Calgary – 07:00 MT

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Forum Selection in Online Terms

By Richard Stobbe

Let’s say you’re a Canadian company doing business with a US supplier – which law should govern the contract? ‘Forum selection’ and ‘governing law’ refer to the practice of choosing the applicable law and venue for resolving disputes in a contract.

Software vendors and cloud service providers often include these clauses in their standard-form contracts as a means of ensuring that they enjoy home-turf advantage in the event of disputes. This is very common in consumer-facing contracts, such as Facebook’s Terms of Service. That contract says: “e laws of the State of California will govern this Statement, as well as any claim that might arise between you and us, without regard to conflict of law provisions.

In our earlier post (Two Privacy Class Actions: Facebook and Apple), we looked at a BC decision which reviewed the question of whether the Facebook terms (which apply California law) should be enforced in Canada or whether they should give way to local law. The lower court accepted that, on its face, the Terms of Service were valid, clear and enforceable and the lower court went on to decide that Facebook’s Forum Selection Clause should be set aside in this case, and the claim should proceed in a B.C. court.

Facebook appealed that decision: Douez v. Facebook, Inc., 2015 BCCA 279 (CanLII), (See this link to the Court of Appeal decision). The appeal court reversed and decided that the Forum Selection Clause should be enforced.

Interestingly, the court said “As a matter of B.C. law, no state (including B.C.) may unilaterally arrogate exclusive adjudicative jurisdiction for itself by purporting to apply its jurisdictional rules extraterritorially.” (See the debate regarding the Google and Equustek decision for a different perspective on the extraterritorial reach of B.C. courts.)

The Douez decision was fundamentally a class-action breach of privacy claim, and that claim was stopped through the Forum Selection Clause.

Calgary – 07:00 MT

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What Happens When a Franchise Agreement Ends, Part Three: Rescission

By Richard Stobbe

In our previous posts (See Part 1 and Part 2), we reviewed restrictive covenants and cancellation rights under franchise laws. In a recent decision out of the Ontario Court of Appeal, the dispute focussed on the right of rescission. As the court put it, the case of Caffé Demetre Franchising Corp. v. 2249027 Ontario Inc., 2015 ONCA 258 (CanLII) “is another case from the franchise world involving whether the franchisor met its disclosure obligations…”

Specifically, the franchisee complained that the franchisor’s disclosure document was deficient – so deficient, in fact, that it entitled the franchisee to rescind the franchise agreement. In the disclosure document, the franchisor failed to disclose ongoing litigation commenced by the franchisor against a competitor. Was this failure a material deficiency giving rise to a right of rescission?

A disclosure document must disclose “all material facts”. A material fact is described in the legislation as any information about the business or operations of the franchisor, or about the franchise system “that would reasonably be expected to have a significant effect on the value or price of the franchise to be granted or the decision to acquire the franchise.”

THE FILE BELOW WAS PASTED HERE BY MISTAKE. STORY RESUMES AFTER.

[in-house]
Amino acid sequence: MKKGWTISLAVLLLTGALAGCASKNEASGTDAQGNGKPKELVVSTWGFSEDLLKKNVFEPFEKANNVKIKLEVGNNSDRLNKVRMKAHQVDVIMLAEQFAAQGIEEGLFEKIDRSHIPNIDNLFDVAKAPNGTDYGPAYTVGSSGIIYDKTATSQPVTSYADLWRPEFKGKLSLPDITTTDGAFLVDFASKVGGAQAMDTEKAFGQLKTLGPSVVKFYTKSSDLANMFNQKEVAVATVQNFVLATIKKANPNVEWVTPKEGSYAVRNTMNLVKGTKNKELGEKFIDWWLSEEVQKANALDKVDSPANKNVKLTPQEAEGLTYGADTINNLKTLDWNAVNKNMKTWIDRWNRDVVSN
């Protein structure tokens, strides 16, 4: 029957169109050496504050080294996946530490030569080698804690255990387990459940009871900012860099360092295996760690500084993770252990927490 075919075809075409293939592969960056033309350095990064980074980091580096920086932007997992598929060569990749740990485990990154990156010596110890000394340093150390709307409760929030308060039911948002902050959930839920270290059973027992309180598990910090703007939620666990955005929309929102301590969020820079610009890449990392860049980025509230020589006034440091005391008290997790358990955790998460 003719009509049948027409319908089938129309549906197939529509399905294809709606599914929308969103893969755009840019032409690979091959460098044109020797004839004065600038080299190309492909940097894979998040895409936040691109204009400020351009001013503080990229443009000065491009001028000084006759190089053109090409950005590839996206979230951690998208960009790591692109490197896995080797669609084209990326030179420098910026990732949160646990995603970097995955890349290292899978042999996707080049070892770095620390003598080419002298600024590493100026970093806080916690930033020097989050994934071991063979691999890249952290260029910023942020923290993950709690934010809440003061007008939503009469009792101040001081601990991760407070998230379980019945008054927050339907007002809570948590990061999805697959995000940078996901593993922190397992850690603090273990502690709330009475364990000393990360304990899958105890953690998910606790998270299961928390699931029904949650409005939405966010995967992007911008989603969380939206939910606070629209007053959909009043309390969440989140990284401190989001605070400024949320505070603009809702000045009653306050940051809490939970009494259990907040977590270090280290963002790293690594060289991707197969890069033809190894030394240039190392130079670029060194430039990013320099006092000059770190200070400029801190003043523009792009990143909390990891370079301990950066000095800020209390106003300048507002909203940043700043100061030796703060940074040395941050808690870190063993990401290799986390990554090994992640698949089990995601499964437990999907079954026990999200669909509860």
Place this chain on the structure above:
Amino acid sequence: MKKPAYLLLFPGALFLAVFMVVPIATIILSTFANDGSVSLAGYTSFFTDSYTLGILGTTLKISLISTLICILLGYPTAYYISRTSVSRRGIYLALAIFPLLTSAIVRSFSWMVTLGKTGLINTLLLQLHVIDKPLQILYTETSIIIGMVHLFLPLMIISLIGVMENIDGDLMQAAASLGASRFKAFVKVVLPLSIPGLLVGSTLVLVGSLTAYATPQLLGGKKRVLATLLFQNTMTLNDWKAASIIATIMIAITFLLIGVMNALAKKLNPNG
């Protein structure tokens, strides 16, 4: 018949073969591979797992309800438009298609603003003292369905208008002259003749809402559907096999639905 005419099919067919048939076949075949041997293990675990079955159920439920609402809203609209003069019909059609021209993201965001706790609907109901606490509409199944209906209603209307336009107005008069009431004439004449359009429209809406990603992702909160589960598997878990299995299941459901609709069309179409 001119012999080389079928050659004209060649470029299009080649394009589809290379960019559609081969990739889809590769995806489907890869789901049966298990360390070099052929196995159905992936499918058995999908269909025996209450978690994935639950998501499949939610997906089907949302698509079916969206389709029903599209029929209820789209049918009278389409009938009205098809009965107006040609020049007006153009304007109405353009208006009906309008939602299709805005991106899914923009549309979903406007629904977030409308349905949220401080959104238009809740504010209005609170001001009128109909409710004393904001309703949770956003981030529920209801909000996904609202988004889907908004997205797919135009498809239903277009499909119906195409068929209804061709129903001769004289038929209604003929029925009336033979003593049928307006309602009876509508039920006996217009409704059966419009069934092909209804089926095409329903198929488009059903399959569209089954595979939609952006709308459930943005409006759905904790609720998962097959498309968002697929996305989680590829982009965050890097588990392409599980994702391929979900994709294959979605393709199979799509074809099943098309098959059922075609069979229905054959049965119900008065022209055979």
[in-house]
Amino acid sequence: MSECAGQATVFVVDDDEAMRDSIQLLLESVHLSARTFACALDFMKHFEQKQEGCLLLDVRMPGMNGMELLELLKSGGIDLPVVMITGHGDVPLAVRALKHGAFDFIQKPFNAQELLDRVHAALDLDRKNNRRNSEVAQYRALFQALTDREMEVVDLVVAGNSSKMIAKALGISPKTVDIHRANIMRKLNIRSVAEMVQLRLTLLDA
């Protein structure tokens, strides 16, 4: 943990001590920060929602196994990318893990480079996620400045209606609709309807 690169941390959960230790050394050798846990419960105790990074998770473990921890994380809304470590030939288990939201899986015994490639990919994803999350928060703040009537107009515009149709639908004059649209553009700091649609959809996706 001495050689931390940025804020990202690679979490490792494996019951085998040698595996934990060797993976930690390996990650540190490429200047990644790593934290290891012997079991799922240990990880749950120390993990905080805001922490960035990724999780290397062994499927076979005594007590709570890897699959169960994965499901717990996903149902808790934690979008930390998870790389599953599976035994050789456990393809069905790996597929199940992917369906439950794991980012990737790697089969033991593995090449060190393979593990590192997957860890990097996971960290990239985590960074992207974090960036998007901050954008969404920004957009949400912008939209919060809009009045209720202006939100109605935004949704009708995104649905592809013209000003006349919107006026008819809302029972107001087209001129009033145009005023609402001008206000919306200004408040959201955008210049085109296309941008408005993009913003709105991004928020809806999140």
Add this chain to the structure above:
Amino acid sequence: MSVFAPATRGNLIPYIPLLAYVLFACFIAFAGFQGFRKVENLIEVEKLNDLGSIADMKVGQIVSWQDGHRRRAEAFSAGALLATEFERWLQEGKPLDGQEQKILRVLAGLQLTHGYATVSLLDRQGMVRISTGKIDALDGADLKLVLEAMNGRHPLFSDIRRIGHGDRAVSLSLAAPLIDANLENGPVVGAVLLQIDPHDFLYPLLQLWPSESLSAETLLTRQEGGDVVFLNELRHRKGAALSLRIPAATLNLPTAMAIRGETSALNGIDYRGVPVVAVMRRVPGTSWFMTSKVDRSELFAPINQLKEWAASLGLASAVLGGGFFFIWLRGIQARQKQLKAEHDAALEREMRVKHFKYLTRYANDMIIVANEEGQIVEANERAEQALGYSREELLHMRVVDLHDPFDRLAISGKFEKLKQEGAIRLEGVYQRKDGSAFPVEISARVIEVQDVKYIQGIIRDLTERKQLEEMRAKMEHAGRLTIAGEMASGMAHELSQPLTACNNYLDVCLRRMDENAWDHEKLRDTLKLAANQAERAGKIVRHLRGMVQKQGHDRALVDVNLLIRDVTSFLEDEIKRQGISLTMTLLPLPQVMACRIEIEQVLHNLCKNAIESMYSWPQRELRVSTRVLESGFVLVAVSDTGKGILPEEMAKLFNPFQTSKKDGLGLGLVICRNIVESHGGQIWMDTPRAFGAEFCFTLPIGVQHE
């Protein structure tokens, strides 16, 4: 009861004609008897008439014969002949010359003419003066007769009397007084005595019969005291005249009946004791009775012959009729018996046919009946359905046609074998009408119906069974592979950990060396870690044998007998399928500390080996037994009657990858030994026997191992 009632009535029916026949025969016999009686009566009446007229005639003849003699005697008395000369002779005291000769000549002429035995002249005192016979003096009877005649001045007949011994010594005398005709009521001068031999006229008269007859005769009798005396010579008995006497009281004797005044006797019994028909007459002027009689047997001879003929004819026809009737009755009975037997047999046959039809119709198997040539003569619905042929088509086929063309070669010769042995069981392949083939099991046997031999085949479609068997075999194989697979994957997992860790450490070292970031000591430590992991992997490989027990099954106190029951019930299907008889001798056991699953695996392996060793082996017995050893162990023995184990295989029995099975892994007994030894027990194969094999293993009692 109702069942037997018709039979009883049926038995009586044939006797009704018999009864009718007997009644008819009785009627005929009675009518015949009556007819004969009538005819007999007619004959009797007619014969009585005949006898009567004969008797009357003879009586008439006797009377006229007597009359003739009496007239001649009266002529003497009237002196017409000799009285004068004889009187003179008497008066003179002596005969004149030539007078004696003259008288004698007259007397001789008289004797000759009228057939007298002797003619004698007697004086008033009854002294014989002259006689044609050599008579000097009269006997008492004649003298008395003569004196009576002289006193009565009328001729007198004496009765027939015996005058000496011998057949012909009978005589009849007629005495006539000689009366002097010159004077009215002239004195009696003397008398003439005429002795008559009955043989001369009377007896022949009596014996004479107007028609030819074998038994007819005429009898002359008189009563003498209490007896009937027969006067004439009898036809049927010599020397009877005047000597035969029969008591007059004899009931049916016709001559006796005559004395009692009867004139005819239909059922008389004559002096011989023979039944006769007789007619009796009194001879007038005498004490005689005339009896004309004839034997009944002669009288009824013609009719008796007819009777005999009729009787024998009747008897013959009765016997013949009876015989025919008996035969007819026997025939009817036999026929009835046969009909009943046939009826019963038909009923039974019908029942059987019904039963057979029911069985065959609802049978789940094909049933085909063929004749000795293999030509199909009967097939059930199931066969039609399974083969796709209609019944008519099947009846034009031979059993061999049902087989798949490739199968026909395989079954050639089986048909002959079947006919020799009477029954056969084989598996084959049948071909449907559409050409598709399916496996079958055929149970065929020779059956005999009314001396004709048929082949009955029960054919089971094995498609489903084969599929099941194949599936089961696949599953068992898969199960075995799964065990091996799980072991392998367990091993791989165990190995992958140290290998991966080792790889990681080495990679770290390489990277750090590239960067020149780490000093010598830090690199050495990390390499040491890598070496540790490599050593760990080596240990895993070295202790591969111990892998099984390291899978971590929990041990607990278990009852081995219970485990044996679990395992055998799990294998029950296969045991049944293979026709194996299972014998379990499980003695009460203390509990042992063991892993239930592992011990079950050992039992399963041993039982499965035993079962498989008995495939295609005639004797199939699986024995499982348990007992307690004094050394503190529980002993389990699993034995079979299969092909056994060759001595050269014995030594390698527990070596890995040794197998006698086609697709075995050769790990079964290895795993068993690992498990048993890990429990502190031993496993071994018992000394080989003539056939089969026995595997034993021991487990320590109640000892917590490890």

The court in this Ontario case decided that the failure to disclose the franchisor’s litigation was a deficiency but not “sufficiently significant” that the franchisees were entitled to rescission. To qualify as a deficiency that gives rise to a right of rescission, the disclosure document must suffer from “stark and material deficiencies,” such that a court can conclude that it amounts to no disclosure at all. It is worth noting that the court was clear that litigation must be disclosed if it falls within the description contained in s. 2(5) of the Ontario regulations (the equivalent in Alberta is the Franchises Regulation, Alta Reg 240/1995), which mandates disclosure of any past or pending lawsuit or court order which involves allegations of “misrepresentation, unfair or deceptive business practices” including a failure to provide proper franchise disclosure. If the litigation in question involved any of these issues, then the decision would have been different.

Calgary – 07:00

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Patent Update: Infringement and “Non-Infringing Alternatives”

By Richard Stobbe

If you are a patent owner, you are entitled to damages if someone infringes your patent. The measure of damages is compensatory damages, lost profits or a “reasonable royalty”. Is it fair for the infringer to say that the damages should be reduced because the infringer could have made the same sales using an available alternative that did not infringe the patent?

Marck sued its rival Apotex for patent infringement for sales of the drug lovastatin. The trial judge awarded Merck a total damages award of $119 million. In the decision in Apotex Inc. v. Merck & Co., Inc. 2015 FCA 171, the court considered Apotex’s argument about “non-infringing alternatives”. In a nutshell, Apotex was saying, okay, we infringed when we sold lovastatin using the patent process, but we could have made the same sales of lovastatin using another process that did not infringe. Therefore, the measure of damages should be lower, since the loss of profits could still have been suffered by the patent holder without any patent infringement.